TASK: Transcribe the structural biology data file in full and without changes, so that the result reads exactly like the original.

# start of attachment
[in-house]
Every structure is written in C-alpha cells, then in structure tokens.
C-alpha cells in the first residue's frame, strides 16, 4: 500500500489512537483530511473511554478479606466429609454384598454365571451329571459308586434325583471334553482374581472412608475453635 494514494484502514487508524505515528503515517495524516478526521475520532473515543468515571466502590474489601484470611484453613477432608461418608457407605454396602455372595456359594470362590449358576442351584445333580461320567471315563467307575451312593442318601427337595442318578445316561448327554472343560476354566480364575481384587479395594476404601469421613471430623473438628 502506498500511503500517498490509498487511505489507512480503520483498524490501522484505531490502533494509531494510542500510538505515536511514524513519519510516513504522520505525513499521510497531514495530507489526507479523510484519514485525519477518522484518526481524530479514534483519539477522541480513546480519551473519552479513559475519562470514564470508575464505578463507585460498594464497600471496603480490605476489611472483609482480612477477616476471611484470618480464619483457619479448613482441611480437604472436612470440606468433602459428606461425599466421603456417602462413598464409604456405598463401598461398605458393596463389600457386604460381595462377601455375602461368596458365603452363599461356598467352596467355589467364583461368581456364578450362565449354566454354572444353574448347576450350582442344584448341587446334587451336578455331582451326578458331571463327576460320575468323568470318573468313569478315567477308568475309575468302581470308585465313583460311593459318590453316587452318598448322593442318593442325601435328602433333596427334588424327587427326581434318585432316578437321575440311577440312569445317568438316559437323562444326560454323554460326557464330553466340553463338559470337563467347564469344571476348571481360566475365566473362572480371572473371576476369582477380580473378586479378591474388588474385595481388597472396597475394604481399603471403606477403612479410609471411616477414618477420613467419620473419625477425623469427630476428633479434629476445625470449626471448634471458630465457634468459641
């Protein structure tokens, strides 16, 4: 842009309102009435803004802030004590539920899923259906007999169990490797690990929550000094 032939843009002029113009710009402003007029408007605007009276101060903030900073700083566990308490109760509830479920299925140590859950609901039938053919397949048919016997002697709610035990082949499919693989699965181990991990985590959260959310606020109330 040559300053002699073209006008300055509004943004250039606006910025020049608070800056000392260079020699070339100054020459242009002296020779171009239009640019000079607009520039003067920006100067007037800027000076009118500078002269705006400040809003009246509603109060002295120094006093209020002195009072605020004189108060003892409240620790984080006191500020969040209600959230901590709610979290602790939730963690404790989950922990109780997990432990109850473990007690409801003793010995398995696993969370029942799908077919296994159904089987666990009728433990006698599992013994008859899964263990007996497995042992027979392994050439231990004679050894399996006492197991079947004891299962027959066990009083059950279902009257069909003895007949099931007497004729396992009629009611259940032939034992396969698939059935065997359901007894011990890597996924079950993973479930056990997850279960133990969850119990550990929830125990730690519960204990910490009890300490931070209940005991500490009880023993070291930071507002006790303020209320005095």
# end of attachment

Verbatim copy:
[in-house]
Every structure is written in C-alpha cells, then in structure tokens.
C-alpha cells in the first residue's frame, strides 16, 4: 500500500489512537483530511473511554478479606466429609454384598454365571451329571459308586434325583471334553482374581472412608475453635 494514494484502514487508524505515528503515517495524516478526521475520532473515543468515571466502590474489601484470611484453613477432608461418608457407605454396602455372595456359594470362590449358576442351584445333580461320567471315563467307575451312593442318601427337595442318578445316561448327554472343560476354566480364575481384587479395594476404601469421613471430623473438628 502506498500511503500517498490509498487511505489507512480503520483498524490501522484505531490502533494509531494510542500510538505515536511514524513519519510516513504522520505525513499521510497531514495530507489526507479523510484519514485525519477518522484518526481524530479514534483519539477522541480513546480519551473519552479513559475519562470514564470508575464505578463507585460498594464497600471496603480490605476489611472483609482480612477477616476471611484470618480464619483457619479448613482441611480437604472436612470440606468433602459428606461425599466421603456417602462413598464409604456405598463401598461398605458393596463389600457386604460381595462377601455375602461368596458365603452363599461356598467352596467355589467364583461368581456364578450362565449354566454354572444353574448347576450350582442344584448341587446334587451336578455331582451326578458331571463327576460320575468323568470318573468313569478315567477308568475309575468302581470308585465313583460311593459318590453316587452318598448322593442318593442325601435328602433333596427334588424327587427326581434318585432316578437321575440311577440312569445317568438316559437323562444326560454323554460326557464330553466340553463338559470337563467347564469344571476348571481360566475365566473362572480371572473371576476369582477380580473378586479378591474388588474385595481388597472396597475394604481399603471403606477403612479410609471411616477414618477420613467419620473419625477425623469427630476428633479434629476445625470449626471448634471458630465457634468459641
């Protein structure tokens, strides 16, 4: 842009309102009435803004802030004590539920899923259906007999169990490797690990929550000094 032939843009002029113009710009402003007029408007605007009276101060903030900073700083566990308490109760509830479920299925140590859950609901039938053919397949048919016997002697709610035990082949499919693989699965181990991990985590959260959310606020109330 040559300053002699073209006008300055509004943004250039606006910025020049608070800056000392260079020699070339100054020459242009002296020779171009239009640019000079607009520039003067920006100067007037800027000076009118500078002269705006400040809003009246509603109060002295120094006093209020002195009072605020004189108060003892409240620790984080006191500020969040209600959230901590709610979290602790939730963690404790989950922990109780997990432990109850473990007690409801003793010995398995696993969370029942799908077919296994159904089987666990009728433990006698599992013994008859899964263990007996497995042992027979392994050439231990004679050894399996006492197991079947004891299962027959066990009083059950279902009257069909003895007949099931007497004729396992009629009611259940032939034992396969698939059935065997359901007894011990890597996924079950993973479930056990997850279960133990969850119990550990929830125990730690519960204990910490009890300490931070209940005991500490009880023993070291930071507002006790303020209320005095």